Recognising individual differences

The learning environment is acutely sensitive to the individual differences among the learners in it, including their prior knowledge.

OECD The Nature of Learning, 2016
  • Do learners believe their teachers know their individual strengths and passions?
  • Are their cultural backgrounds respected and utilised?

Rae Siʻilata urges educators to create opportunities for all students to bring their valued knowledge into the school.

Summary clips of all videos in the inclusive education series: Teachers talk about the importance of spending time getting to know students, building strong relationships, and developing an environment that meets the needs of all students.

Stretching all students

The learning environment devises programmes that demand hard work and challenge from all but without excessive overload.

OECD The Nature of Learning, 2016
  • Are all learners challenged and engaged in their learning?
  • Are learners able to make a contribution to their peers and to their community?
  • Are there opportunities for tuakana-teina relationships?

Sue Ngarimu-Goldsmith, Principal at Te Kura o Hiruharama, explains how a whakataukī ensures that the principle of high expectations guides curriculum decision-making at the school.

High expectations: School leaders discuss the importance of high expectations, together with the vision of Pasifika students as successful learners, improved relationships, pedagogy, and academic outcomes.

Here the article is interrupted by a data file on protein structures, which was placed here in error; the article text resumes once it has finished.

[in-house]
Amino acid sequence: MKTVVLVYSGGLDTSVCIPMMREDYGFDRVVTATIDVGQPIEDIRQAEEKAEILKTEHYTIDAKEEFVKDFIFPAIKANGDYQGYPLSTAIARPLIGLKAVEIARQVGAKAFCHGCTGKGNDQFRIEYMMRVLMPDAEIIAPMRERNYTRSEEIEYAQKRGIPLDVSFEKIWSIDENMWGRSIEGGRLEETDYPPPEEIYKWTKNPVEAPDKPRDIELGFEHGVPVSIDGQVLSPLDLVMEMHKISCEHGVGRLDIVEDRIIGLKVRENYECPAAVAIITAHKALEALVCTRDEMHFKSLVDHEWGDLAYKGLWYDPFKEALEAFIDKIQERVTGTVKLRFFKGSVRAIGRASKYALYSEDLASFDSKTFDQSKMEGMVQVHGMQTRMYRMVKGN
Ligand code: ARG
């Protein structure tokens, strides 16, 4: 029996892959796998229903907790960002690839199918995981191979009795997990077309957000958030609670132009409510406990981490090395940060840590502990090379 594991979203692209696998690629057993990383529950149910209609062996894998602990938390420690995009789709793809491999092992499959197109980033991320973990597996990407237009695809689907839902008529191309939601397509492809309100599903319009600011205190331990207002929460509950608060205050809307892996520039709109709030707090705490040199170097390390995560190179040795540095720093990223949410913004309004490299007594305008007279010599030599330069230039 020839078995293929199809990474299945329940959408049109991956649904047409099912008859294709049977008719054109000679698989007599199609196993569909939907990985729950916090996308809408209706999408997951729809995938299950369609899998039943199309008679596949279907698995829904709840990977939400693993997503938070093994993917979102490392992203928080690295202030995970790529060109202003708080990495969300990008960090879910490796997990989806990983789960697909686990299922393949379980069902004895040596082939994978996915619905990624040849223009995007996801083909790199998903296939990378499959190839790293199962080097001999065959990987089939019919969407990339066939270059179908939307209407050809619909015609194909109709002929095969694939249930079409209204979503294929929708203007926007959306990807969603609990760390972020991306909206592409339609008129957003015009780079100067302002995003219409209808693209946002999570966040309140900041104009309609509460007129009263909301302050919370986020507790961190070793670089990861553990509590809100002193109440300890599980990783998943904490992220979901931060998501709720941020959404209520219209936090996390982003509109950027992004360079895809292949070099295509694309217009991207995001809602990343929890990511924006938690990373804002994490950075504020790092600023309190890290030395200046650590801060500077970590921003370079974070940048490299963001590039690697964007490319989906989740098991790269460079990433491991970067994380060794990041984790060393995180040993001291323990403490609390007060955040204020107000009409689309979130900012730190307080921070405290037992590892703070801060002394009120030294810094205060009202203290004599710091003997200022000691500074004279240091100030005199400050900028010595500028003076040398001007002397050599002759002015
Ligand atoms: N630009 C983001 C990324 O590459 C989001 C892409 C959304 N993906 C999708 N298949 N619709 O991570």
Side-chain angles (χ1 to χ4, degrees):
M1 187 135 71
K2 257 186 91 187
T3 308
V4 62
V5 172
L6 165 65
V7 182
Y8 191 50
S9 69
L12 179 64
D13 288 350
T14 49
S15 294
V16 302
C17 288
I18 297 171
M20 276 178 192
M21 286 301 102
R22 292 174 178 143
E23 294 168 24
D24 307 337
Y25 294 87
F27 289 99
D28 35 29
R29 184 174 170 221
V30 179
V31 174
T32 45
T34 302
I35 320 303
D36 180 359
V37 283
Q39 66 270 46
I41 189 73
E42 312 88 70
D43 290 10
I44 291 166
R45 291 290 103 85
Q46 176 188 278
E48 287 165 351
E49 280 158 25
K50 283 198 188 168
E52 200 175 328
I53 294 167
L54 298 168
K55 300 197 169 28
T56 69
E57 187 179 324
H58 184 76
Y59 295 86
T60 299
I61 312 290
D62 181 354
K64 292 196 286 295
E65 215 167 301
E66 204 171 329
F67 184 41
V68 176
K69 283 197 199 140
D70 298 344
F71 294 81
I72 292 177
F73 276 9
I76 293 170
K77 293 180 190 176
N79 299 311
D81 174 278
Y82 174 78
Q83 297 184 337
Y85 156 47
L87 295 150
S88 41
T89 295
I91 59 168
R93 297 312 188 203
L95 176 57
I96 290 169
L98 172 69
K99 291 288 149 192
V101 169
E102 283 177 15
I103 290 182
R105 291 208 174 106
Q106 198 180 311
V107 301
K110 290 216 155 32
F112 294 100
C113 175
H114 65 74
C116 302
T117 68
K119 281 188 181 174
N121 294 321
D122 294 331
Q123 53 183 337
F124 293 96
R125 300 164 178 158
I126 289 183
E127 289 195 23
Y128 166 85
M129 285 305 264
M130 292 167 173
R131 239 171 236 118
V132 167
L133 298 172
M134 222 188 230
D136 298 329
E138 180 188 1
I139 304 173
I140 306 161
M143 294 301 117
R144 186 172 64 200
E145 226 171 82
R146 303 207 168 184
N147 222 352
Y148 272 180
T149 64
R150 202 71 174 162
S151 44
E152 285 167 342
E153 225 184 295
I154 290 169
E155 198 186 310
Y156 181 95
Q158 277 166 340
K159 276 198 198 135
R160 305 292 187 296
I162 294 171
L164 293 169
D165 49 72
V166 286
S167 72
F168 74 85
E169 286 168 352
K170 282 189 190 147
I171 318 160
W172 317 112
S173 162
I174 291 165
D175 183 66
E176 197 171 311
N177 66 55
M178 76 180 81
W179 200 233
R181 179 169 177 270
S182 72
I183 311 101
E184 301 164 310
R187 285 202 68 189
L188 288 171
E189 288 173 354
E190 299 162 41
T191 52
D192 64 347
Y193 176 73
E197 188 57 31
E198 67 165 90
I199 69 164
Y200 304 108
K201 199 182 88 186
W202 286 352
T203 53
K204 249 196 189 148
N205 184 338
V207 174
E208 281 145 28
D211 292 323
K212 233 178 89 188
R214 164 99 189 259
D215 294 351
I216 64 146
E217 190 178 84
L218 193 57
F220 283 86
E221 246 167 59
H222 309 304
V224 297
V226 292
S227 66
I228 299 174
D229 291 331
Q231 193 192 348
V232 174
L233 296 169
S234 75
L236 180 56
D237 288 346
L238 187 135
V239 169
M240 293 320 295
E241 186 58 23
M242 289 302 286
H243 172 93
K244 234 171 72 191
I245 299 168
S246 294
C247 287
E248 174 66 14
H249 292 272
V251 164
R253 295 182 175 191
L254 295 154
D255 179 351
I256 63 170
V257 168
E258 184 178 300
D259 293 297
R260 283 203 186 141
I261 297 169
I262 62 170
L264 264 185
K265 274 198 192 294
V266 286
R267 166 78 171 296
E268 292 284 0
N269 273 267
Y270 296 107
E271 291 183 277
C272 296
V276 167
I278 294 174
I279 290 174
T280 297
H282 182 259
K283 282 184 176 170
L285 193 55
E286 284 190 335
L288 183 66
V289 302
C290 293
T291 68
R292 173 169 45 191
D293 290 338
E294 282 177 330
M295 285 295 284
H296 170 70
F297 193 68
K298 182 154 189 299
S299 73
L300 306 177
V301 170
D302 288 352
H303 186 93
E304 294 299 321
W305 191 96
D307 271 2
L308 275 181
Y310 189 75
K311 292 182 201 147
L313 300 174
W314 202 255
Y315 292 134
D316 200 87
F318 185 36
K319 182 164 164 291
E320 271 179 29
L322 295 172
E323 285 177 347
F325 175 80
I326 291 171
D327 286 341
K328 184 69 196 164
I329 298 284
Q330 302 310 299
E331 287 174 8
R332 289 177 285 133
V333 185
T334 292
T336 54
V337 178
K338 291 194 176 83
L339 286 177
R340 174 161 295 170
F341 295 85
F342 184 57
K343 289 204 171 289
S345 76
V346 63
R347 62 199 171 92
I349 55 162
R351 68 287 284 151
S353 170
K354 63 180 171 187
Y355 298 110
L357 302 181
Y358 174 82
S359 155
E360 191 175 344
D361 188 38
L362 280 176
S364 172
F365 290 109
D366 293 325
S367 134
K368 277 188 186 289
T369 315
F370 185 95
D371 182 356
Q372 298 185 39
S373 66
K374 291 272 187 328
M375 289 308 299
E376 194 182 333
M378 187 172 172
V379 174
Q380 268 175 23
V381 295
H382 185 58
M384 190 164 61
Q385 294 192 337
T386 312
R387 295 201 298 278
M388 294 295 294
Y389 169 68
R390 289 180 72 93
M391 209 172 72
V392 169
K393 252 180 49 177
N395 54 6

Assessment for learning

The learning environment operates with clarity of expectations using assessment strategies consistent with these expectations; there is a strong emphasis on formative feedback to support learning.

OECD The Nature of Learning, 2016
  • Do learners know what is expected?
  • Do learners know what quality looks like and how they are making progress with their own learning?
  • Are learners comfortable with both giving and receiving feedback?

Making learning visible, creative, and collaborative: Teacher Claire Buist talks about building a learner focused environment through learning conversations and peer feedback.

Wellington College art teachers Nikki Maetzig and Matt Jarry explain the process they use in their department to help students manage their time wisely and drive their own learning by giving and receiving effective feedback. 

Assessment for learning in practice: These key assessment capabilities explain how teachers can develop the assessment for learning dynamic in their classrooms.

Building horizontal connections

The learning environment strongly promotes “horizontal connectedness” across areas of knowledge and subjects as well as to the community and the wider world.

OECD The Nature of Learning, 2016
  • Can learners relate their learning to real life contexts?
  • Are there opportunities for learners to connect with and learn from their wider community and their environment?

Students moving through the Mount Roskill campus have consistent understandings of learning progressions in literacy and share a common language of learning.


Leading culture change at Oranga School: Juliet Small discusses how staff at Oranga School moved towards the culture of learning from parents, families, and whānau.

Funds of knowledge: How can we make visible, draw upon, and celebrate the rich funds of knowledge that our students bring with them to the classroom?